Sep 08, 2015 News
As more details emerge over the questionable financial structure of the Berbice River Bridge, there are disclosures that as part of the sweetheart deal, the Bharrat Jagdeo administration granted New GPC and other private investors sweeping tax exemptions on their returns.
The bridge is now claiming imminent insolvency unless its tolls are increased or it is allowed to run the structure for 50 years, instead of the 21 years.
Investors were guaranteed lucrative rates of returns on their investments between 15 per cent and 23 percent. Those rates would stand out starkly against average rates of about 11 per cent 12 percent that normal investors earn from projects.
The Berbice River Bridge Act, assented to by Jagdeo in January 2006, was tailored specifically to ensure that profits were realized.
Section 20 of the act states: “All income earned by the concessionaire shall be exempt from Corporation Tax, Income Tax and Withholding Tax for the duration of the Concession Agreement or for the extended periods that the Minister responsible for finance may deem necessary, on being satisfied that the terms and conditions of the Concession Agreement may be amended or varied.”
The Act also allowed for all dividends payable to shareholders be exempted from Corporation Taxes, Income Taxes and Withholding Tax.
While tax holidays have become a norm for investors, the guaranteed rate of return of 15 -23 percent would shed light on why a number of companies including New GPC and Queens Atlantic Investments Inc. (QAII) and Hand-in-Hand Insurance were so eager to jump on board.
New GPC and QAII are owned by Dr. Ranjisinghi ‘Bobby’ Ramroop, a close friend of Jagdeo.
The high returns are now being blamed on the current financial problems that the Berbice Bridge Company Inc. (BBCI).
According to the BBCI annual report of 2014, the entity saw revenues increasing by $78M to $1.34B. The losses were $239M, compared to 2013 when it was $289M.
Accumulated losses at December 31, 2014, was $1.5B with $571M paid to investors as interest on their returns.
The bridge company has been warned time and again that its high repayments to shareholders and debtors were highly unsustainable and could lead to problems.
The auditors, TSD Lal and Co., in 2014 annual report, noting that the shareholders’ deficit was $1.1B, warned that company continued to make losses. “Continuation of the company as a going concern is dependent of the ability of the company to make substantial profits in the future and to generate a steady cash flow to meet liabilities as they fall due.”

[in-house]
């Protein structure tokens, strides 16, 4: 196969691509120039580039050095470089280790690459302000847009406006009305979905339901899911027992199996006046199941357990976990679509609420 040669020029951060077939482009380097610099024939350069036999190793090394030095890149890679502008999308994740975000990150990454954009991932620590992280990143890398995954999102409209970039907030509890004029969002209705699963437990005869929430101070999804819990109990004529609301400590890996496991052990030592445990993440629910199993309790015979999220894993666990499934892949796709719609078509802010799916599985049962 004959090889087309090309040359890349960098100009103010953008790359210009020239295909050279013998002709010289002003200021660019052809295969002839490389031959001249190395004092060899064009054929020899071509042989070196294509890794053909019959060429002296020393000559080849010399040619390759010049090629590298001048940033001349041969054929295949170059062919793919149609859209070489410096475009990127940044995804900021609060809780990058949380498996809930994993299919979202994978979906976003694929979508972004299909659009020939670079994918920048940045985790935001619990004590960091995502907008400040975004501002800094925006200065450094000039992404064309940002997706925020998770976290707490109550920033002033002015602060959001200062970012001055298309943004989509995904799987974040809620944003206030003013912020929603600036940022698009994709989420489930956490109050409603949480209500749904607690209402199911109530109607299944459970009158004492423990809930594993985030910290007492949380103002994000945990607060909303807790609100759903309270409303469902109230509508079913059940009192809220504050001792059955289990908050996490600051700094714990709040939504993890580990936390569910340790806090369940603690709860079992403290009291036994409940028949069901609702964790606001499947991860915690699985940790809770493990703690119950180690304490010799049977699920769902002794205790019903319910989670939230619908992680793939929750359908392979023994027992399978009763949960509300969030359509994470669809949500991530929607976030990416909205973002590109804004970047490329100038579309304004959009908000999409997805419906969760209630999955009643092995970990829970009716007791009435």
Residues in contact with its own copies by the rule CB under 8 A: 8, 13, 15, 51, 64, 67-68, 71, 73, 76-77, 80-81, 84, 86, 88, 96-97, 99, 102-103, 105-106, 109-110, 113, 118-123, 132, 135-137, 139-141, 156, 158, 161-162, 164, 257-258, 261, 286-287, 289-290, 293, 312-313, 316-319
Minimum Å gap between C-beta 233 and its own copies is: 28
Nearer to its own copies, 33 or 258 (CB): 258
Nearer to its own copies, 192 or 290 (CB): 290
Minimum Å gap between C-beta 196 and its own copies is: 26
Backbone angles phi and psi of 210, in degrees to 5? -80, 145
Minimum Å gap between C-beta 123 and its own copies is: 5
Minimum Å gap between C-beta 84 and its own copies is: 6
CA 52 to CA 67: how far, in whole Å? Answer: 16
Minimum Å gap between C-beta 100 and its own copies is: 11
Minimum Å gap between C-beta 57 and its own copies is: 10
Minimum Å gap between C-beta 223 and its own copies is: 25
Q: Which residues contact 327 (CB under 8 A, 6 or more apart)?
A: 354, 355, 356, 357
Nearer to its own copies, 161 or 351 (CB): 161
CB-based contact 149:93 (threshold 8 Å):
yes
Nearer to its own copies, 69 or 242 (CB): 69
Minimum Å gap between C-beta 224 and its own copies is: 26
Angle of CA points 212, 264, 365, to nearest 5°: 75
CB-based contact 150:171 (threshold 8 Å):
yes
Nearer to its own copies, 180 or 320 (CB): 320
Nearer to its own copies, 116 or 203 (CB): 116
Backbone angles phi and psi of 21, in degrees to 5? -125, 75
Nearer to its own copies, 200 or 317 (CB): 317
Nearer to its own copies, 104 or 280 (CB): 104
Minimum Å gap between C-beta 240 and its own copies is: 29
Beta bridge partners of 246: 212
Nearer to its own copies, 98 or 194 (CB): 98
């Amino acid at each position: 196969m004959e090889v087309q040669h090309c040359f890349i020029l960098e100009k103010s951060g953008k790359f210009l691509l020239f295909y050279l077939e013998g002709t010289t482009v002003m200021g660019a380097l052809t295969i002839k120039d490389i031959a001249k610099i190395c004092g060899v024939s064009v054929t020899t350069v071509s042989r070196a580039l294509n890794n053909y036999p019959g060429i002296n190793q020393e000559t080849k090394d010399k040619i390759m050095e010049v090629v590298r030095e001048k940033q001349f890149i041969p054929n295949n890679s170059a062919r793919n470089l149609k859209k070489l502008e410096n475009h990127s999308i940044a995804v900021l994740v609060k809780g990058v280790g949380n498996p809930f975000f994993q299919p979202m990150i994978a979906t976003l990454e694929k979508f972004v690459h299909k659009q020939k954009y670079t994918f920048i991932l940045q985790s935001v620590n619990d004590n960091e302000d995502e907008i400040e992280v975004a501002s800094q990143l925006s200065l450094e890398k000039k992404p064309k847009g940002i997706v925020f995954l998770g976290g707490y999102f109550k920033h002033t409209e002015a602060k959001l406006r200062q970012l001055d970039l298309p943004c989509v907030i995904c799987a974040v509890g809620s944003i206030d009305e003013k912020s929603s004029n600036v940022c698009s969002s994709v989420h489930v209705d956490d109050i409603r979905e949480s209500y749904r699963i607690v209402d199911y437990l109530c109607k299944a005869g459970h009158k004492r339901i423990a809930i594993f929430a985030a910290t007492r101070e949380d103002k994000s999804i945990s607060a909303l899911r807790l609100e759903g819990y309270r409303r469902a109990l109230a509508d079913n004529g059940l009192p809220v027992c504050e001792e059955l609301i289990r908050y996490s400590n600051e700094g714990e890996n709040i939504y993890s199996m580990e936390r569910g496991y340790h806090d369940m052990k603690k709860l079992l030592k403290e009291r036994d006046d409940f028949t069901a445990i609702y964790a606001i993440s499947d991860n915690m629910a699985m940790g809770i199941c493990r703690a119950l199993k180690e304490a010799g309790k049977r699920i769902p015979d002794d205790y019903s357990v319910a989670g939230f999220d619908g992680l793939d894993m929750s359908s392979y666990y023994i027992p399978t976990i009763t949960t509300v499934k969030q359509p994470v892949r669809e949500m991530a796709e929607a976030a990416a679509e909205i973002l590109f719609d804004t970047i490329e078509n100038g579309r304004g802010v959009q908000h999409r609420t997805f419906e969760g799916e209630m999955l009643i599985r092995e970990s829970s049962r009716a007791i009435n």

The auditors went further. “We have considered management’s representation and have concluded that there is a material uncertainty that cast significant doubt on the entity’s ability to continue as a going concern and, therefore, that it may be unable to realize its assets and discharge its liabilities in the normal course of business.”
BBCI has written to the state-owned National Insurance Scheme, asking for the 2014 dividends to be waived.
The Government of Guyana has been waiving its returns too after BBCI claimed it cannot pay.
BBCI is under the microscope now in a stalemate row with Government over reduction in tolls.
The David Granger administration had promised on the campaign trail to introduce measures to reduce costs for the travelling public of Berbice.
In his August 10 speech to the National Assembly on 2015 national budget, Finance Minister, Winston Jordan, announced a reduction of $300 from $2,200 for cars. All other categories were reduced by 10 percent.
However, BBCI is insisting that it wants to take the matter of the tolls reduction to its shareholders.
The new administration has been complaining that the financial structure of BBCI was deliberately done to place control and profits in the hands of a few companies that are predominantly owned by friends of the previous administration.
The US$40M bridge was commissioned in December 2008, built largely under a private/public partnership from an overseas loan.
The financial structure of the company was deliberately done in a manner to allow the equity shareholders whose investment is less than five percent ($400 million) of the total funds of the company to exercise controlling interest over the company.
Of the $400 million, New GPC and Ramroop Group own 40 percent and the Hand-in-Hand Group 10 percent.
NIS has invested $950M in shares but had little say in the affairs despite the 76 percent interest.
The other equity shareholders are Secure International Finance Company ($80 million); Demerara Contractors Limited ($40M); Hand in Hand Motor & Life Insurance Company ($40M), and NIS ($80 M).
The bridge has been providing a critical link between the city and East Berbice, where thousands and rice farmers and sugar workers live.
Government, in face of the stalemate, has announced that it will be introducing river taxis to reduce costs for students and senior citizens.
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